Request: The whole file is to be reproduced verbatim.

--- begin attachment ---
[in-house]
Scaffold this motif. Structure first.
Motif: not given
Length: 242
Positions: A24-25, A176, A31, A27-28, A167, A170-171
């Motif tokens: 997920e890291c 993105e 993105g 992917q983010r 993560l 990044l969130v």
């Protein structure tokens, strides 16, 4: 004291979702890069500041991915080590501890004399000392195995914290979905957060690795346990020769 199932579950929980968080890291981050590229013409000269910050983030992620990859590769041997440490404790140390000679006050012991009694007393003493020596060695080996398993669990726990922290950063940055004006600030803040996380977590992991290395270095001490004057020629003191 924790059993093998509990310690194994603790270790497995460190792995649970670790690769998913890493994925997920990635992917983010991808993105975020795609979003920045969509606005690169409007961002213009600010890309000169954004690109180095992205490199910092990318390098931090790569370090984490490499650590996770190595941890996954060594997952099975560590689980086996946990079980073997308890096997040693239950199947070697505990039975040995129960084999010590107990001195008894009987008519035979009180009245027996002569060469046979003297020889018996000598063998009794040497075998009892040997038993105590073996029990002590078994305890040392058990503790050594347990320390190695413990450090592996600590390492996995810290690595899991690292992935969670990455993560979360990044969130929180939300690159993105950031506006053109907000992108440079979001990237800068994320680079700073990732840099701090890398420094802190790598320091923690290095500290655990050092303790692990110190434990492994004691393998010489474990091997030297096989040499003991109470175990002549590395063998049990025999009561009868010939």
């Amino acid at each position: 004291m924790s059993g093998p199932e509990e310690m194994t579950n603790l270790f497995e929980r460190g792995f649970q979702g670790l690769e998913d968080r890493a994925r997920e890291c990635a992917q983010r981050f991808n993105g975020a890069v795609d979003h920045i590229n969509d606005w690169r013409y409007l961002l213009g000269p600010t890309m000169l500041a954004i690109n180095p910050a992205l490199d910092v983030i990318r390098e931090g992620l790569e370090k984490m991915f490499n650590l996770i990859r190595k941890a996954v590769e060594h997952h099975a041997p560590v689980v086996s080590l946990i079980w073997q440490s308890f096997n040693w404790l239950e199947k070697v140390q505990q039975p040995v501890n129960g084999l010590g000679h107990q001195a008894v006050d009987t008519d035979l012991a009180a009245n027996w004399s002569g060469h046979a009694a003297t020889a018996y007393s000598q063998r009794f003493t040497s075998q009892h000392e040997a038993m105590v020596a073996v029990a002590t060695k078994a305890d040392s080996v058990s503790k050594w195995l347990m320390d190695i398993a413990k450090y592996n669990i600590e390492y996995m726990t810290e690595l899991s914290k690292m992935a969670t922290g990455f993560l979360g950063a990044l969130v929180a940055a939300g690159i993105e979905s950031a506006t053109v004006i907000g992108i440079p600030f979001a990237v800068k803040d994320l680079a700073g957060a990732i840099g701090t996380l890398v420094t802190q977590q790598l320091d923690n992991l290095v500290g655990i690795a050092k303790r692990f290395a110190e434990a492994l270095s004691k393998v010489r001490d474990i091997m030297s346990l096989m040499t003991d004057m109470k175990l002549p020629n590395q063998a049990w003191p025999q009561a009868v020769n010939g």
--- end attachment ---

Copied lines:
[in-house]
Scaffold this motif. Structure first.
Motif: not given
Length: 242
Positions: A24-25, A176, A31, A27-28, A167, A170-171
């Motif tokens: 997920e890291c 993105e 993105g 992917q983010r 993560l 990044l969130v």
């Protein structure tokens, strides 16, 4: 004291979702890069500041991915080590501890004399000392195995914290979905957060690795346990020769 199932579950929980968080890291981050590229013409000269910050983030992620990859590769041997440490404790140390000679006050012991009694007393003493020596060695080996398993669990726990922290950063940055004006600030803040996380977590992991290395270095001490004057020629003191 924790059993093998509990310690194994603790270790497995460190792995649970670790690769998913890493994925997920990635992917983010991808993105975020795609979003920045969509606005690169409007961002213009600010890309000169954004690109180095992205490199910092990318390098931090790569370090984490490499650590996770190595941890996954060594997952099975560590689980086996946990079980073997308890096997040693239950199947070697505990039975040995129960084999010590107990001195008894009987008519035979009180009245027996002569060469046979003297020889018996000598063998009794040497075998009892040997038993105590073996029990002590078994305890040392058990503790050594347990320390190695413990450090592996600590390492996995810290690595899991690292992935969670990455993560979360990044969130929180939300690159993105950031506006053109907000992108440079979001990237800068994320680079700073990732840099701090890398420094802190790598320091923690290095500290655990050092303790692990110190434990492994004691393998010489474990091997030297096989040499003991109470175990002549590395063998049990025999009561009868010939």
């Amino acid at each position: 004291m924790s059993g093998p199932e509990e310690m194994t579950n603790l270790f497995e929980r460190g792995f649970q979702g670790l690769e998913d968080r890493a994925r997920e890291c990635a992917q983010r981050f991808n993105g975020a890069v795609d979003h920045i590229n969509d606005w690169r013409y409007l961002l213009g000269p600010t890309m000169l500041a954004i690109n180095p910050a992205l490199d910092v983030i990318r390098e931090g992620l790569e370090k984490m991915f490499n650590l996770i990859r190595k941890a996954v590769e060594h997952h099975a041997p560590v689980v086996s080590l946990i079980w073997q440490s308890f096997n040693w404790l239950e199947k070697v140390q505990q039975p040995v501890n129960g084999l010590g000679h107990q001195a008894v006050d009987t008519d035979l012991a009180a009245n027996w004399s002569g060469h046979a009694a003297t020889a018996y007393s000598q063998r009794f003493t040497s075998q009892h000392e040997a038993m105590v020596a073996v029990a002590t060695k078994a305890d040392s080996v058990s503790k050594w195995l347990m320390d190695i398993a413990k450090y592996n669990i600590e390492y996995m726990t810290e690595l899991s914290k690292m992935a969670t922290g990455f993560l979360g950063a990044l969130v929180a940055a939300g690159i993105e979905s950031a506006t053109v004006i907000g992108i440079p600030f979001a990237v800068k803040d994320l680079a700073g957060a990732i840099g701090t996380l890398v420094t802190q977590q790598l320091d923690n992991l290095v500290g655990i690795a050092k303790r692990f290395a110190e434990a492994l270095s004691k393998v010489r001490d474990i091997m030297s346990l096989m040499t003991d004057m109470k175990l002549p020629n590395q063998a049990w003191p025999q009561a009868v020769n010939g």